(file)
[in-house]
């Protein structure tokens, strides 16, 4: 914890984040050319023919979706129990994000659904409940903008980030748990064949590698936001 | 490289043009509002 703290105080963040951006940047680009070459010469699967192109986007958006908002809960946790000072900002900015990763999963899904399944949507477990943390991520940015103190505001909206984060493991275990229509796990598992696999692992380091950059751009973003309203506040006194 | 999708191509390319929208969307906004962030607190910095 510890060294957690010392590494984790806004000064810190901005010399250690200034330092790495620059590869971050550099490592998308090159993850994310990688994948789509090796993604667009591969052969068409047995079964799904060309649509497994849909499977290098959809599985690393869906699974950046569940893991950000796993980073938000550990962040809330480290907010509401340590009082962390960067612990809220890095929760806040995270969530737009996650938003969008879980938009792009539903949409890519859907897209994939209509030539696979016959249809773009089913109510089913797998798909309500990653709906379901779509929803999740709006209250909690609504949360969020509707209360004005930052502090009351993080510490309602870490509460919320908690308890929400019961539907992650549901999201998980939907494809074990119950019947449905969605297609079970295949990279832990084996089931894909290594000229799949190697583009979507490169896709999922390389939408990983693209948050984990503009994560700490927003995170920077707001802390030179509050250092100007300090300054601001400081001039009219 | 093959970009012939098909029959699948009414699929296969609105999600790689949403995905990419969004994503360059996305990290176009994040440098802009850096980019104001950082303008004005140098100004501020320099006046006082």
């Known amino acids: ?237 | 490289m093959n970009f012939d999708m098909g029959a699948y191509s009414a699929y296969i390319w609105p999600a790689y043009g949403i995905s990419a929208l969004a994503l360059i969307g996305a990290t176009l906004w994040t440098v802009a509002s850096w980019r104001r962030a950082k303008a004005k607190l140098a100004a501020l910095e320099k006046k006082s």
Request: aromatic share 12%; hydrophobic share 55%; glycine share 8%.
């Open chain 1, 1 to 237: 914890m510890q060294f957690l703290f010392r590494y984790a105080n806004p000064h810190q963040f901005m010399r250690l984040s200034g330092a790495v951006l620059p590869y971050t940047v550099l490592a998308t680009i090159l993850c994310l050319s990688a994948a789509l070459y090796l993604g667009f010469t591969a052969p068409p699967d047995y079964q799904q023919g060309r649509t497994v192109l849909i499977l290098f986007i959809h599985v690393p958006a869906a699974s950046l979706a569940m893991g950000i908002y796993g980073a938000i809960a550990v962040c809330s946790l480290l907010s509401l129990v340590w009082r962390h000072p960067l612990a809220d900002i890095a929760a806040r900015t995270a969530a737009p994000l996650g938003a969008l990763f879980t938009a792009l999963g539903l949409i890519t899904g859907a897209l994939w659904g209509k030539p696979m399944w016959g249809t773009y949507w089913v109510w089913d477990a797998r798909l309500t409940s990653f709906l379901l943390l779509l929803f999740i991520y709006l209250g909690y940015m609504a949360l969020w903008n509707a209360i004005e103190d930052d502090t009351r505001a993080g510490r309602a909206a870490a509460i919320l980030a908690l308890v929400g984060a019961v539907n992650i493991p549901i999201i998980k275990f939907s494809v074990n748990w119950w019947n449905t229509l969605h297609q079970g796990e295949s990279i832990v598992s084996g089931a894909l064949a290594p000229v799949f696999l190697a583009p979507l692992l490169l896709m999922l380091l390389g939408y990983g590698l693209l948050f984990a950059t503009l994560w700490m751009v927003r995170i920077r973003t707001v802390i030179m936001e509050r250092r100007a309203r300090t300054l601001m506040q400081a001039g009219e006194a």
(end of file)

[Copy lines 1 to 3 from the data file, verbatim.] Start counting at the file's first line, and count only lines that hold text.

[in-house]
């Protein structure tokens, strides 16, 4: 914890984040050319023919979706129990994000659904409940903008980030748990064949590698936001 | 490289043009509002 703290105080963040951006940047680009070459010469699967192109986007958006908002809960946790000072900002900015990763999963899904399944949507477990943390991520940015103190505001909206984060493991275990229509796990598992696999692992380091950059751009973003309203506040006194 | 999708191509390319929208969307906004962030607190910095 510890060294957690010392590494984790806004000064810190901005010399250690200034330092790495620059590869971050550099490592998308090159993850994310990688994948789509090796993604667009591969052969068409047995079964799904060309649509497994849909499977290098959809599985690393869906699974950046569940893991950000796993980073938000550990962040809330480290907010509401340590009082962390960067612990809220890095929760806040995270969530737009996650938003969008879980938009792009539903949409890519859907897209994939209509030539696979016959249809773009089913109510089913797998798909309500990653709906379901779509929803999740709006209250909690609504949360969020509707209360004005930052502090009351993080510490309602870490509460919320908690308890929400019961539907992650549901999201998980939907494809074990119950019947449905969605297609079970295949990279832990084996089931894909290594000229799949190697583009979507490169896709999922390389939408990983693209948050984990503009994560700490927003995170920077707001802390030179509050250092100007300090300054601001400081001039009219 | 093959970009012939098909029959699948009414699929296969609105999600790689949403995905990419969004994503360059996305990290176009994040440098802009850096980019104001950082303008004005140098100004501020320099006046006082």
């Known amino acids: ?237 | 490289m093959n970009f012939d999708m098909g029959a699948y191509s009414a699929y296969i390319w609105p999600a790689y043009g949403i995905s990419a929208l969004a994503l360059i969307g996305a990290t176009l906004w994040t440098v802009a509002s850096w980019r104001r962030a950082k303008a004005k607190l140098a100004a501020l910095e320099k006046k006082s």